Captain Corelli's Mandolin
This is a strange film. Everything is in place for a thoughtful, moving study of interesting people caught in a world that has powers far beyond their ability to control. It is set on a small Greek island just before, during, and after World War II, and tells the story of the island doctor (John Hurt), his daughter Pelagia (PenÚlope Cruz) and the two men she loves: the local fisherman she is engaged to, Mandras (Christian Bale), and the Italian army captain Antonio Corelli (Nicolas Cage), who comes when the Italians invade the island early in the war and he is billeted in her house.
The Italians are portrayed as happy-go-lucky types, singing opera all day and love songs by night. They don't want to be there and they don't want any trouble with the locals, but then a garrison of German soldiers comes and, well, you know. Meanwhile Mandras has gone off to join the underground resistance, Pelagia writes to him but never hears back, and one thing leads to another with Corelli, one afternoon on a picturesque hillside. And then of course, Mandras comes back home to lead the local resistance, while Corelli, once Mussolini has surrendered to the Allies, will lead the Italians against the Germans.
There you have the bones of the plot, and with the right script and casting it could be powerful, but unfortunately no one in the film shows any emotional connection to anyone else. Hurt's character has more interest in speaking to the audience with aphorisms about life and love than he does in talking with his daughter. She, in turn, spends more time running up and down the village streets in filmy dresses than in relating to either of her men. In fact I don't believe she puts even two sentences together when she talks to anyone. Mandras, who does not read but somehow has managed to keep her hundred letters to him without responding even once, is even briefer. So it is left to Mr. Cage to speak for everyone, which he does in an Italian accent that has no resonance or authenticity (yes, I know he is of Italian descent himself, but go see "The Godfather" for believable Italian accents).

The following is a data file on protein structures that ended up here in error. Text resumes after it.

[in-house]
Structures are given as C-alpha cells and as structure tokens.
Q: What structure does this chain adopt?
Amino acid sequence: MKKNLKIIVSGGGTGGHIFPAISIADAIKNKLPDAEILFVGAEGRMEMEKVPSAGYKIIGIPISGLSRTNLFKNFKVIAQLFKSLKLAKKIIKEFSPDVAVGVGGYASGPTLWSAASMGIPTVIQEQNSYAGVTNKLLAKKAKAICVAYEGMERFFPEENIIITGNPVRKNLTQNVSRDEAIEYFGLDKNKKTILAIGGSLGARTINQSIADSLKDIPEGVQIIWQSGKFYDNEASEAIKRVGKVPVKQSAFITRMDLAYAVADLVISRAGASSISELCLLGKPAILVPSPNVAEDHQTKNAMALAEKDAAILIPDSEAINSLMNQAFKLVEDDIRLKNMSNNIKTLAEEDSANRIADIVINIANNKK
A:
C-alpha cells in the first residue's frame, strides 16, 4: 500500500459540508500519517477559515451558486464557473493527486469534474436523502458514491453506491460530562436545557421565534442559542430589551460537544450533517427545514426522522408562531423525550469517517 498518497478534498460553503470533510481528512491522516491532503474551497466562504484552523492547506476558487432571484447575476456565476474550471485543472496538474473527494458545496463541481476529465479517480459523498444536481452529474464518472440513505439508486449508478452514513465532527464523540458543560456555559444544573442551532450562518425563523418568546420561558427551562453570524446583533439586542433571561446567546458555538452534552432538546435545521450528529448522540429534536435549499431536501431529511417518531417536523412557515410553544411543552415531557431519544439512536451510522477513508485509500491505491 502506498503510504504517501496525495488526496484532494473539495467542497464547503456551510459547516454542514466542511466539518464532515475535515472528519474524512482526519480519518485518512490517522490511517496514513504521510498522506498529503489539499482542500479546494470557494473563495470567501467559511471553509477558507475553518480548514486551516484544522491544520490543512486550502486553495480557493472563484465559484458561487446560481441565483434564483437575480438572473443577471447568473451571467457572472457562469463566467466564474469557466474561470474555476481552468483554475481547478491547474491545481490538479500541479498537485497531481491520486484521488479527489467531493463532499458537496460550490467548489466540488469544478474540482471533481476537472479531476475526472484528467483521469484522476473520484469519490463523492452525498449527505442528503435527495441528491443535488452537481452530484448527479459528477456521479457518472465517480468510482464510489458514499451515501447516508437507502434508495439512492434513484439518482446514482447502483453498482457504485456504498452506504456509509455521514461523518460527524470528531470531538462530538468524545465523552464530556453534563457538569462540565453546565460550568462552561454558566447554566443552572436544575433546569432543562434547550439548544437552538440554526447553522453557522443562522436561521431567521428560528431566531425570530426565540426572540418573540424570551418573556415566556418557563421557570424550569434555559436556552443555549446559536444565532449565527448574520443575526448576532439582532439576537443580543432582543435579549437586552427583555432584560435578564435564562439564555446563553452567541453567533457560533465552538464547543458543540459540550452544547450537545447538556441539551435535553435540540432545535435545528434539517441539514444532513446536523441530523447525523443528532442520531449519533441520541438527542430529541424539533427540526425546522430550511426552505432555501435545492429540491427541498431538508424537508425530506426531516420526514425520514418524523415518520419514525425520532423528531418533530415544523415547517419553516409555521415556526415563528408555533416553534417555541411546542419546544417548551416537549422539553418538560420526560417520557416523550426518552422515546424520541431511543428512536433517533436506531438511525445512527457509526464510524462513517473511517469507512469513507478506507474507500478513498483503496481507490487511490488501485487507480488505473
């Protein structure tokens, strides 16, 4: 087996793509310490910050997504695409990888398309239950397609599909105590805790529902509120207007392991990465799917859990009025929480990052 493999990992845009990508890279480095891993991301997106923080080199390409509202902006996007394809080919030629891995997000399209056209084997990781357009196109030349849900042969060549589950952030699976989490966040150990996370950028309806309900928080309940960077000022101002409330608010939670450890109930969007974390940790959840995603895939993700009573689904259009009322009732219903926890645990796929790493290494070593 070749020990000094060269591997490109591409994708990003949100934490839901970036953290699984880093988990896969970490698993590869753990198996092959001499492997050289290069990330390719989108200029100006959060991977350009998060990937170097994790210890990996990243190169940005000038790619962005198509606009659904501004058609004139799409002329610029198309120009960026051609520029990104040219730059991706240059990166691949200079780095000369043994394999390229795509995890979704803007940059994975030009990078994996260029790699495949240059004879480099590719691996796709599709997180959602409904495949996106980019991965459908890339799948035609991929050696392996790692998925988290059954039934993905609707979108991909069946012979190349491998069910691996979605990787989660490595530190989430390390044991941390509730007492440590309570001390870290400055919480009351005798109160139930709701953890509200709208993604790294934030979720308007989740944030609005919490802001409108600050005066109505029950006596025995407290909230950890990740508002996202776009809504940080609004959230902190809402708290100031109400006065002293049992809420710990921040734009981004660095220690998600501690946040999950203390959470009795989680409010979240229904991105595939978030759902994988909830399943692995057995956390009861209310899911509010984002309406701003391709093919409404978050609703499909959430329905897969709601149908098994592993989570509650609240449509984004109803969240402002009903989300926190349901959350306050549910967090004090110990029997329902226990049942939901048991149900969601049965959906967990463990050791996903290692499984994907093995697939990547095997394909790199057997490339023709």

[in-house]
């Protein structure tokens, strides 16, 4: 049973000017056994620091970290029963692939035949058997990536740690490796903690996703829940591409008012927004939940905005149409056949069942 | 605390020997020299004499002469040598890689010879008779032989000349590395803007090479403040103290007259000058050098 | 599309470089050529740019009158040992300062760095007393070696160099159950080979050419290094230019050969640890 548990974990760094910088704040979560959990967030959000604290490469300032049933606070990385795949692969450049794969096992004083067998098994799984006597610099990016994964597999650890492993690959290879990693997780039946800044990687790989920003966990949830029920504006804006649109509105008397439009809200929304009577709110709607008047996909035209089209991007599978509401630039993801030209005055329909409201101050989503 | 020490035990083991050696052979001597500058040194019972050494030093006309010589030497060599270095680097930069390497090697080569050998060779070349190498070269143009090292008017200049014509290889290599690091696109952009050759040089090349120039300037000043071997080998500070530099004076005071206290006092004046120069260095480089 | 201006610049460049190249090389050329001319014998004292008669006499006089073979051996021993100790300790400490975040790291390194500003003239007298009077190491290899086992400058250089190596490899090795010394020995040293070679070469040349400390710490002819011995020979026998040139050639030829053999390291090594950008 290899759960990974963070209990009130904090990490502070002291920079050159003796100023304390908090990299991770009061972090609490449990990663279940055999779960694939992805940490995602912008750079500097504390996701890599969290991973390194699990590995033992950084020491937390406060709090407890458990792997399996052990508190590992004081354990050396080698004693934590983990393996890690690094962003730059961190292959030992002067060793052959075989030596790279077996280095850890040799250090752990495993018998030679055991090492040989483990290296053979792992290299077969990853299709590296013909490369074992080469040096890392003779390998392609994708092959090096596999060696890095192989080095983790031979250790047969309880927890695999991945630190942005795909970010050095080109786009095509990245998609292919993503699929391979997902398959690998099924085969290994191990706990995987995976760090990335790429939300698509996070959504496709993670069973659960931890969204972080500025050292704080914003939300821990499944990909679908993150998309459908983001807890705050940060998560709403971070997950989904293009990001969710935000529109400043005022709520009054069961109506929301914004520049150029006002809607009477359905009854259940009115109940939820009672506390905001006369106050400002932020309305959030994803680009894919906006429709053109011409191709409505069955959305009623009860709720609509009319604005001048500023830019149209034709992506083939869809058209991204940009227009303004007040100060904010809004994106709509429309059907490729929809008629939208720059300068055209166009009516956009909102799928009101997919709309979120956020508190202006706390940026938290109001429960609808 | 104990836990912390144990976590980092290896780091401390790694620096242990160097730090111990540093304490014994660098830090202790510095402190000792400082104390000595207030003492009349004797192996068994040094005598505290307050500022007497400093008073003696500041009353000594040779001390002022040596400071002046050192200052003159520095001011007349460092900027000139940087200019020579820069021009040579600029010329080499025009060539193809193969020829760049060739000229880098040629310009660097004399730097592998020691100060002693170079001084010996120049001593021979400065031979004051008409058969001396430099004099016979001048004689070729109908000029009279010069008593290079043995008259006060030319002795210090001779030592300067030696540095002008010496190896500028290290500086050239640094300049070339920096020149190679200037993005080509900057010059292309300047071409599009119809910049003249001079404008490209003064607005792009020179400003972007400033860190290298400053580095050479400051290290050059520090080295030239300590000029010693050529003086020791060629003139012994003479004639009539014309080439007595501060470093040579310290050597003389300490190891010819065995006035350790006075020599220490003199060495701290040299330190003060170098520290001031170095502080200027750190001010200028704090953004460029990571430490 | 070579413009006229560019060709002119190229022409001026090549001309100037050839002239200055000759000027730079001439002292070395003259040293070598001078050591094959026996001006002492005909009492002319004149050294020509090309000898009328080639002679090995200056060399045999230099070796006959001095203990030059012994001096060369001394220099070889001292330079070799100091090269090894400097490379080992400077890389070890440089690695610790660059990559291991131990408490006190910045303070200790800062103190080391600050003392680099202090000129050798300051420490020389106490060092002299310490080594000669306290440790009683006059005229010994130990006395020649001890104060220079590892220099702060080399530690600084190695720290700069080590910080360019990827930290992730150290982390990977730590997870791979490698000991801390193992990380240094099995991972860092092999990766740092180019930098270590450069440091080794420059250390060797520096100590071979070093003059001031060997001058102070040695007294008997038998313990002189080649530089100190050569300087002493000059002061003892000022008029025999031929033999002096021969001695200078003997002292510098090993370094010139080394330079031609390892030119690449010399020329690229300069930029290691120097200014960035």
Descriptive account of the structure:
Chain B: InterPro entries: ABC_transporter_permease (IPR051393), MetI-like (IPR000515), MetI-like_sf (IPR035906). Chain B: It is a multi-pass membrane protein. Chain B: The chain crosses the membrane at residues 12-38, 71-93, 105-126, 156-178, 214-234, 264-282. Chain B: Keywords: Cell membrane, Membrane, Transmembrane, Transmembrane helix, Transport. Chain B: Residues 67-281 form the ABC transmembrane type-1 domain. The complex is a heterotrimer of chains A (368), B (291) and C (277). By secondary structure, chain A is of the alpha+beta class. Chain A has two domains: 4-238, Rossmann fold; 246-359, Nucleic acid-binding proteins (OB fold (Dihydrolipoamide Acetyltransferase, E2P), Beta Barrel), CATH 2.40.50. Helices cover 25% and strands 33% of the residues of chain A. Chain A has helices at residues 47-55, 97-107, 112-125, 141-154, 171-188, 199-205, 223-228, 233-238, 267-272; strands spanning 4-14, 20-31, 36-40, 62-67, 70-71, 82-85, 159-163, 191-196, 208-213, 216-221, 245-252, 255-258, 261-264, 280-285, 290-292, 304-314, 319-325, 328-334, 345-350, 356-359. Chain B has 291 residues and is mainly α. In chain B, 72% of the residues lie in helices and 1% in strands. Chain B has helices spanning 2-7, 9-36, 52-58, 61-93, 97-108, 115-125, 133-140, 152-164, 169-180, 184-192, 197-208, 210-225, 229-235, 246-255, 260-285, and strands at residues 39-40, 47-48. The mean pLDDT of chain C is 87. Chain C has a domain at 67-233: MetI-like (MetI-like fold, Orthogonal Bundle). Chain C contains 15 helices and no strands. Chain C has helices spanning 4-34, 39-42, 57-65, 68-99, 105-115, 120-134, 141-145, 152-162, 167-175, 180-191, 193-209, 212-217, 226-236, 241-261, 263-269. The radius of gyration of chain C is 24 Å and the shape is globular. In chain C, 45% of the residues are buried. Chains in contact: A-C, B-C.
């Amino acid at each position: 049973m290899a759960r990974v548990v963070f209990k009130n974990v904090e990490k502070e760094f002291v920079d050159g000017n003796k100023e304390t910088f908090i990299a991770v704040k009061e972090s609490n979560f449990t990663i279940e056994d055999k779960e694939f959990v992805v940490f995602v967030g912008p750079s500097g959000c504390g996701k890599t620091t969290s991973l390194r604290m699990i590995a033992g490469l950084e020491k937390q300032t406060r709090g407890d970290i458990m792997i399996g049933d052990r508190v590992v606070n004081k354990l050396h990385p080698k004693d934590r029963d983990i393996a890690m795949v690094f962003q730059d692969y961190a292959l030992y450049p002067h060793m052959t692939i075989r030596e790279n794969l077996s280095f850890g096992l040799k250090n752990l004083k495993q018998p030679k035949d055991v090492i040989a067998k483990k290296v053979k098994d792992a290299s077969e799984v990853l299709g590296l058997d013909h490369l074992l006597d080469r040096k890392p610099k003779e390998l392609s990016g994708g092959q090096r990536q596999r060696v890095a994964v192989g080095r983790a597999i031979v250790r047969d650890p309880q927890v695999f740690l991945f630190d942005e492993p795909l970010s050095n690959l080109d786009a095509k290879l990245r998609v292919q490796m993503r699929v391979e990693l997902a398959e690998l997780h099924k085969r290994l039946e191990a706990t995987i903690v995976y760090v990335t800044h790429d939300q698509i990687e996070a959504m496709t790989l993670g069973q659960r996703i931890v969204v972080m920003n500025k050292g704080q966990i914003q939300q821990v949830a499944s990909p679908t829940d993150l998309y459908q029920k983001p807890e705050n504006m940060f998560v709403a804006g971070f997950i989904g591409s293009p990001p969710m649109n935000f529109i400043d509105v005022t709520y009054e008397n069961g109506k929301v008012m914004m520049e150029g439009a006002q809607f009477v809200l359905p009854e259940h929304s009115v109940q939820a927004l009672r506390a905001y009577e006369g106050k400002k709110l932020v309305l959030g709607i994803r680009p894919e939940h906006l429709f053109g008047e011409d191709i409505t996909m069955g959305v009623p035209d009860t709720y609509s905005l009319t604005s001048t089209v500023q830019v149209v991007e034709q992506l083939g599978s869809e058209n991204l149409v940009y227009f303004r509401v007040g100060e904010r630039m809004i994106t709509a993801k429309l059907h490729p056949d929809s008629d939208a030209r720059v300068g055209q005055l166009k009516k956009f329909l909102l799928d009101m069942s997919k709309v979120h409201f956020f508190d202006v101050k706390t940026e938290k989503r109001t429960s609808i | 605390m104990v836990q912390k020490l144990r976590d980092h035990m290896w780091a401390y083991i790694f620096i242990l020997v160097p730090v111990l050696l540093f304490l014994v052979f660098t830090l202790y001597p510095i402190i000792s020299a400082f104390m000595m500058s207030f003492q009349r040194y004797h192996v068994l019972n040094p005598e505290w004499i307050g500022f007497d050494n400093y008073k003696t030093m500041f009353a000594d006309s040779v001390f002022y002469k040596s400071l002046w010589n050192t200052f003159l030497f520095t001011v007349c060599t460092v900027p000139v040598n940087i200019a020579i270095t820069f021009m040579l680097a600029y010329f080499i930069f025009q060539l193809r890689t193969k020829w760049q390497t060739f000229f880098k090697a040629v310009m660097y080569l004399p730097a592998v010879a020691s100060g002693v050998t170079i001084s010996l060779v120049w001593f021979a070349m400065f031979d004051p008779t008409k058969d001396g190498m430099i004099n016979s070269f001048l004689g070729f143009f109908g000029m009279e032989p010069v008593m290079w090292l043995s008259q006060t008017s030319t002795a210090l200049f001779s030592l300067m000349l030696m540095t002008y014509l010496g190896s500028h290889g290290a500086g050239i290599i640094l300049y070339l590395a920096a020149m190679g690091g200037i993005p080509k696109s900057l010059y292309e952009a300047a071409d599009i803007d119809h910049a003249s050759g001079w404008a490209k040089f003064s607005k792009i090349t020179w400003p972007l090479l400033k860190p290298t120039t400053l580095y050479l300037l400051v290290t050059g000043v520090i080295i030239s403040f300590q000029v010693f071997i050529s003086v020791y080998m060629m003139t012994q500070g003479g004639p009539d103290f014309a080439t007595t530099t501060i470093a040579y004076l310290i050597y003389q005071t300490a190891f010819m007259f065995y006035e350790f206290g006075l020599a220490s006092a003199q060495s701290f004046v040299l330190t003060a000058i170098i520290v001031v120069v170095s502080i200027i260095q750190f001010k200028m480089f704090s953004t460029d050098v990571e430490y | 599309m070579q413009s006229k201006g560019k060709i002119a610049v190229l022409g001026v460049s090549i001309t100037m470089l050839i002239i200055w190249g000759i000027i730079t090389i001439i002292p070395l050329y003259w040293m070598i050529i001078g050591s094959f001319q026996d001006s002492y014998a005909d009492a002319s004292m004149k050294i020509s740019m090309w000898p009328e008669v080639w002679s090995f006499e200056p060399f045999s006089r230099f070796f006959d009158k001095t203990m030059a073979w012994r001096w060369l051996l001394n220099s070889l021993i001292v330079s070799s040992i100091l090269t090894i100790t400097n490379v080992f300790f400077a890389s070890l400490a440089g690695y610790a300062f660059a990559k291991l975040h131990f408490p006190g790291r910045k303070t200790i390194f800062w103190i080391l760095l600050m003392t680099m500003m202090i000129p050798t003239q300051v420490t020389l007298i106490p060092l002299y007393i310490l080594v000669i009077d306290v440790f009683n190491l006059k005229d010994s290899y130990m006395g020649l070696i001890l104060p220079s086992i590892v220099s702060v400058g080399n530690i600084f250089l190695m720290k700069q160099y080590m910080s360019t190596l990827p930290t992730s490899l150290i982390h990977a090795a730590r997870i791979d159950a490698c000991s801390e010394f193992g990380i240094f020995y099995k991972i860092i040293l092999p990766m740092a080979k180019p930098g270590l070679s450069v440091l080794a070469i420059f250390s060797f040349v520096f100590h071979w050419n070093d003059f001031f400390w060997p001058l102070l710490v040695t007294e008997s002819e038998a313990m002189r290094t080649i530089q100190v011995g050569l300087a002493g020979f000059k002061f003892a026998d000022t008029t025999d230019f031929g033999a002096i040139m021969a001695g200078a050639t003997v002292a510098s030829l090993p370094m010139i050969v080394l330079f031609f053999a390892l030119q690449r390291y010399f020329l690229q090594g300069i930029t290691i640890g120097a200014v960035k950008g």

In fact everyone in the film speaks in what's been described as mittel-Mediterranean - Greeks, Italians, and even Germans. But an even worse problem is what you might call the 'no-one-home' syndrome. The actors mouth their lines but say nothing real or authentic to anyone else. They just bounce the lines off of each other. These people are simply stick figures, and not human beings. The writer, Shawn Slovo, and the director, John Madden (who had done such a fine job with "Shakespeare in Love") are so busy making plot points that they forgot about the people in the film. But in a movie more than two hours long, we would wish for at least one truthful moment. We don't get our wish.